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12 Ratings: 3.6
An elliptical amphitheatre in the center of the city of Rome, Italy

The Colosseum or Roman Coliseum, originally the Flavian Amphitheatre (Latin:Amphitheatrum Flavium, Italian Anfiteatro Flavio or Colosseo), is an elliptical amphitheatre in the center of the city … see full wiki

1 review about Colosseum

Home of the Gladiators

  • Feb 5, 2010
  • by
 It was this DVD recording of a concert of Il Divo that brought The Coliseum back to life for me that very night, after a lapse of more than a decade since my very first visit to The Coliseum in Rome.

Now, courtesy of YouTube, the very song that made a most powerful impact of this architecture for me. Il Divo's Adagio. Listen to it before you read further. 

Now, do you see what I mean? Did they not bring IT back to life? I've written earlier on 5 of the New 7 Wonders of The World which I had visited in the past. Colosseum is in fact the first one I visited but the last one I choose to write a review about. Why? Well, I confess. I didn't (& still don't) think that Colosseum deserves to be 1 of the 7 Wonders. That's just me, of course. Personally, I may have chosen Borobudur or Sagrada Familia or Easter Island. However, since the world had chosen on that fateful day, I shall write about it since I had been there long time ago. In fact, on my first visit to Europe as well as "fatefully", Rome was the first city & Colosseum was the first ruin I visited.

Many years after my visit to Rome, the movie "Gladiator" brought meaning back to the Colosseum as did the group Il Divo brought life back! As for me, as hard pressed as I'm, hopefully, I shall bring a little excitement back to this review! The truth & nothing but the truth is that I didn't enjoyed my trip to Italy. It was at a time I had just got my heart broken and you know how that is...

Rome is a city of history. And history has never been my forte.
I'm a person who looks more to the future than to the past. My interest lies in new technology, the latest electronic gadgets (PSP, MP5, iPod, etc... you get the drift). "Star Wars" & the latest sci-fi movies will most probably pique my interest more than movies like "Titanic" & "The Patriot". As many of you may have come to know, human gnome projects interest me more than archaeological excavations. So, I visited Rome at an age when human civilization doesn't mean much to me. Tell you a secret; History & Literature were my worst subjects in school. Yeah, you guessed correctly, my forte: Chemistry & Arithmetic!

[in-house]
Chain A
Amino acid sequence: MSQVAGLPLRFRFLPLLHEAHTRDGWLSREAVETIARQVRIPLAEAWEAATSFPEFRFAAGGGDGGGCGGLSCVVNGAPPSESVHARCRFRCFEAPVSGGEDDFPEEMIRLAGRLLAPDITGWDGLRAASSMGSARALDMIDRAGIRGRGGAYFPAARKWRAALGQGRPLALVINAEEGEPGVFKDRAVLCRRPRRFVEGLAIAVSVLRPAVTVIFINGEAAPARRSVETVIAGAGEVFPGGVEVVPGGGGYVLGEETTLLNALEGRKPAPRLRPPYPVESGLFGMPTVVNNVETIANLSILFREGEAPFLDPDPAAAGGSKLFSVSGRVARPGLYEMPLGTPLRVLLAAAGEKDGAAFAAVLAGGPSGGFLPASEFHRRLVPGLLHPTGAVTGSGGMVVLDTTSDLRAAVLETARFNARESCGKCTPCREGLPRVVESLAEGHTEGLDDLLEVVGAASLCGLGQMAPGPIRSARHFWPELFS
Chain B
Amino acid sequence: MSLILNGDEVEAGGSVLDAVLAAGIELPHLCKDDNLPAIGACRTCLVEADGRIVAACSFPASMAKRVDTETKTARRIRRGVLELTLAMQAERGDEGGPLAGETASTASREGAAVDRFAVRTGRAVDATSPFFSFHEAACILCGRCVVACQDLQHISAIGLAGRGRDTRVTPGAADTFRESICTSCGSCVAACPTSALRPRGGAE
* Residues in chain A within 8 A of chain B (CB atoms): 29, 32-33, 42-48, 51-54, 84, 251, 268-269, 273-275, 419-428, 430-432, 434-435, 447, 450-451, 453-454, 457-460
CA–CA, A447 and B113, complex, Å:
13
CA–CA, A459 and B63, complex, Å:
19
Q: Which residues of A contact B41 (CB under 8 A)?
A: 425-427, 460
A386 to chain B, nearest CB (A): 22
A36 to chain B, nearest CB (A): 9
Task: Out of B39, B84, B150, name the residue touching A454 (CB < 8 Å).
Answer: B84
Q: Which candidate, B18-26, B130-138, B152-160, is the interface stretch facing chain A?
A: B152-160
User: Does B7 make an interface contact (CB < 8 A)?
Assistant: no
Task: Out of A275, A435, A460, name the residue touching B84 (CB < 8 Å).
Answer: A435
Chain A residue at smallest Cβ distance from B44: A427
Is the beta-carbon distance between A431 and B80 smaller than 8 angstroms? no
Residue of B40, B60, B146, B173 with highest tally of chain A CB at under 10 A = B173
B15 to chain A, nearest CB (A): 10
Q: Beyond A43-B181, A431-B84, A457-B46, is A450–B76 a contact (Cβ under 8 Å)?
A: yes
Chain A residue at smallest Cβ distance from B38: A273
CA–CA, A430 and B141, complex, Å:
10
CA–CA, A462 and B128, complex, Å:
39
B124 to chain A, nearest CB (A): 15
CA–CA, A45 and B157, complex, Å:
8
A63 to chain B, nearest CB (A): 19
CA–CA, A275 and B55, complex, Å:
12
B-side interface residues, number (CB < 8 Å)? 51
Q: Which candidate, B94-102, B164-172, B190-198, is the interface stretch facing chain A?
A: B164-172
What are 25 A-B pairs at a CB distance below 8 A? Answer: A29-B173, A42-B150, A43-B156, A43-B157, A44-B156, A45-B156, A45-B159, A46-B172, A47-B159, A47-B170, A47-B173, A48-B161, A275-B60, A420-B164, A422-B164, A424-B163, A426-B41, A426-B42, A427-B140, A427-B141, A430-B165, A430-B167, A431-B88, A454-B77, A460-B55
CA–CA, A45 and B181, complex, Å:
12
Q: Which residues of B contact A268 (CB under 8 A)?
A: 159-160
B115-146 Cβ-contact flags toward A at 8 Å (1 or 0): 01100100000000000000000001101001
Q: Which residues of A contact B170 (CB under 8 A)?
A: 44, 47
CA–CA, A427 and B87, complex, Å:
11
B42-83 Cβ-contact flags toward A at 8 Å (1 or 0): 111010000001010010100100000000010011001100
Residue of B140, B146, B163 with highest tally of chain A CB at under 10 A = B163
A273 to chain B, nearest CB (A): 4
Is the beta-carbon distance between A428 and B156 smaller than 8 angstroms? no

Largest amphitheater ever built in Rome: contained about 50,000 spectators.
1) Perimeter= 188 X 156 metres. Inside= 86 X 54 meters. Height= 49 metres.
2) Travertine facade.
3) 4 stories: Lower 3 stories - 80 arches each.
4) Access to seats based on social class, higher up, less important the person.
5) Arena originally covered with wooden flooring which could be removed as required. Area below the arena floor contained cages for the animals, storerooms for gladiators' weapons, machines, etc...
To see the beauty of the Colosseum, one needs to be very interested in history to appreciate the concept of time & humanity. 
Colosseum was built in early years of Vespasian's reign (anyone has any idea of when this is? lol... I can't even keep track of U.S. presidents in the last 200 years!). Inaugurated in AD 80... now, you grasp the extent of this? We are talking about 1930 years ago!!!

The Colosseum was built on the site of an artificial lake around which NERO's royal residence was centered. 
The purpose? Emperor Vespasian wanted to restore to the Roman people what Nero had tyrannically deprived them of & to provide Rome with a large amphitheater.

Contests known as 'MUNERA' took place in the form of duel between opposing sides & usually until the death of one or the other! At least 10,000 such contests were recorded! Some kind of entertainment :-(((
This building has been restored many times due to:
1) Fire caused by lightning: AD 217, AD 250.
2) Earthquake: AD 429, AD 443.
Abandoned soon after AD 483. 
Middle Ages: became a fortress for the Frangipane.
15th Century: transformed into a quarry for blocks of travertine.
Mid 18th Century: consecrated by Pope Benedict XV.



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